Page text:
as farm­ers battle big wet

Townsville Bulletin - - Inside Today -

fallen in the area in the 36 hours to 10am yes­ter­day.

He said Bowen’s Don River was the high­est it had been for the year.

‘‘ And they are predicti n g more rain ,’’Mr Walker said.

‘‘ It will be one of those years that are up and down. All we can hope for is that the rain will turn our sea­son into a payable one and that mud makes money.’’ He s ai d t he al­most con­stant rain and the detri­men­tal im­pact on crop plant­ings and pro­duc­tion could mean a less­en­ing in sup­ply that would drive prices up in or­der to meet higher con­sumer de­mand.

He said this sort of sup­ply-de­mand sce­nario would work in farm­ers’ favour as long as prices did not get too high.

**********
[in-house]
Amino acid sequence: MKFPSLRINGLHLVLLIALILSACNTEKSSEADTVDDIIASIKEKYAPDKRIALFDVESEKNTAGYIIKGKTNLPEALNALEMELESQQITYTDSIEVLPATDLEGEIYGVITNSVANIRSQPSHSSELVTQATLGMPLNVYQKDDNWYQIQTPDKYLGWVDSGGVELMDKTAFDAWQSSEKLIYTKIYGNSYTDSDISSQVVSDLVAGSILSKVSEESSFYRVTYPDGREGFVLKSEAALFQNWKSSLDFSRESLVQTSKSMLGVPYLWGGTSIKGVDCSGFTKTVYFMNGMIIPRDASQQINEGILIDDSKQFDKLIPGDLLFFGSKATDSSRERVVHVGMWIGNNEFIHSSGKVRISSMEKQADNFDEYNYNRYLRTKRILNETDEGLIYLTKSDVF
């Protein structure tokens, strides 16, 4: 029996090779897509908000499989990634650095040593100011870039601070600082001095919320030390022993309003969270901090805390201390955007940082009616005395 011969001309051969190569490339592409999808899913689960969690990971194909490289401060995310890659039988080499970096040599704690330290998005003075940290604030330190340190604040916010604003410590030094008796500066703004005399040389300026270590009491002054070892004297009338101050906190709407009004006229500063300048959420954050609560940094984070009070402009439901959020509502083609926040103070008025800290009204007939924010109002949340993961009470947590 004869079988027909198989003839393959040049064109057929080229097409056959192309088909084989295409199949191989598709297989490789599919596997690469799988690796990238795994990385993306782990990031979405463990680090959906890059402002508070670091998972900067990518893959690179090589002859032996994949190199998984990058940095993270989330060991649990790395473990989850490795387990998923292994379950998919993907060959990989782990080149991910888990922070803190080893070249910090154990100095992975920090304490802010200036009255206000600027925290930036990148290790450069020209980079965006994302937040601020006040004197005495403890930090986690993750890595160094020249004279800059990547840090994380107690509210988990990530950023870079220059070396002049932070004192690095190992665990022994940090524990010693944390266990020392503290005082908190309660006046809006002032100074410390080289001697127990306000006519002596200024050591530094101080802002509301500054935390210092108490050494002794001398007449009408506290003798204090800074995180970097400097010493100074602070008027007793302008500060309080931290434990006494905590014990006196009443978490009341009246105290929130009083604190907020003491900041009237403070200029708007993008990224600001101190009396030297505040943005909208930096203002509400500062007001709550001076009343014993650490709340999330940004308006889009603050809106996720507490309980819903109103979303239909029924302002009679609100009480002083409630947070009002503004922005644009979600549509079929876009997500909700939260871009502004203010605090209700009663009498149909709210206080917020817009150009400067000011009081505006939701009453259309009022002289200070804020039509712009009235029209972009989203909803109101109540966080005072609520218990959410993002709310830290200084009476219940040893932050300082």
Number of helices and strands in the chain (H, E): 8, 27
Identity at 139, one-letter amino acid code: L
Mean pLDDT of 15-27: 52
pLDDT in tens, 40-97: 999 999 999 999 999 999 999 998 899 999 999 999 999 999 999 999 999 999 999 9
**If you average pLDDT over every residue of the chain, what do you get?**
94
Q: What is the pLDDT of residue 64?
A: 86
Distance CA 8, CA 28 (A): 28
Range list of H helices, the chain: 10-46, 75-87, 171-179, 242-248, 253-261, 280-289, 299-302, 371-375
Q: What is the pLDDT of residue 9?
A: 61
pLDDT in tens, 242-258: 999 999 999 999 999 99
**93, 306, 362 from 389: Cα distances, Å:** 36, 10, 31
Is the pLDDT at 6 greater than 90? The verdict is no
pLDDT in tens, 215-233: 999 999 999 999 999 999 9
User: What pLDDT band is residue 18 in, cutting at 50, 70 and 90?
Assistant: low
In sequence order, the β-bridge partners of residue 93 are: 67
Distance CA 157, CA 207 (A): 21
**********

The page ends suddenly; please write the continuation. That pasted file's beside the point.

‘‘ Once things get too high, peo­ple stop buy­ing,’’ Mr walker said.

‘‘ Ba­nanas are $ 12 a kilo now. Not ev­ery­one will pay that for ba­nanas.’’

Mr Brack­ley said he was con­fi­dent that with the rain as it was, prices would hold. The prob­lem was find­ing the win­dows of op­por­tu­nity to get on to wet pad­docks to plant.

‘‘ I’m pulling ev­ery­thing out of the bag that I’ve learned over 25 years,’’ Mr Brack­ley said . ‘ ‘ Fun­gus is our main prob­lem now.’’

Mr Walker said plant­ings that have al­ready been com­pleted should en­sure there was ad­e­quate sup­ply of Bowen sta­ples such as toma­toes, egg plant and cap­sicums as the sea­son pro­gressed.

He said that with the rain it could mean that there would be pe­ri­ods of low sup­ply fol­lowed by pe­ri­ods of high sup­ply as the sea song round to­ward year’s end.

‘‘ It will be a stop, go, stop go, sort of year,’’ Mr Walker said.

He said one thing the district could count on was a ready avail­abil­ity of wa­ter. He said the un­der­ground a quifer would be full.

‘‘ We have some years when it’s so dry we can’t plant,’’ Mr Walker said.

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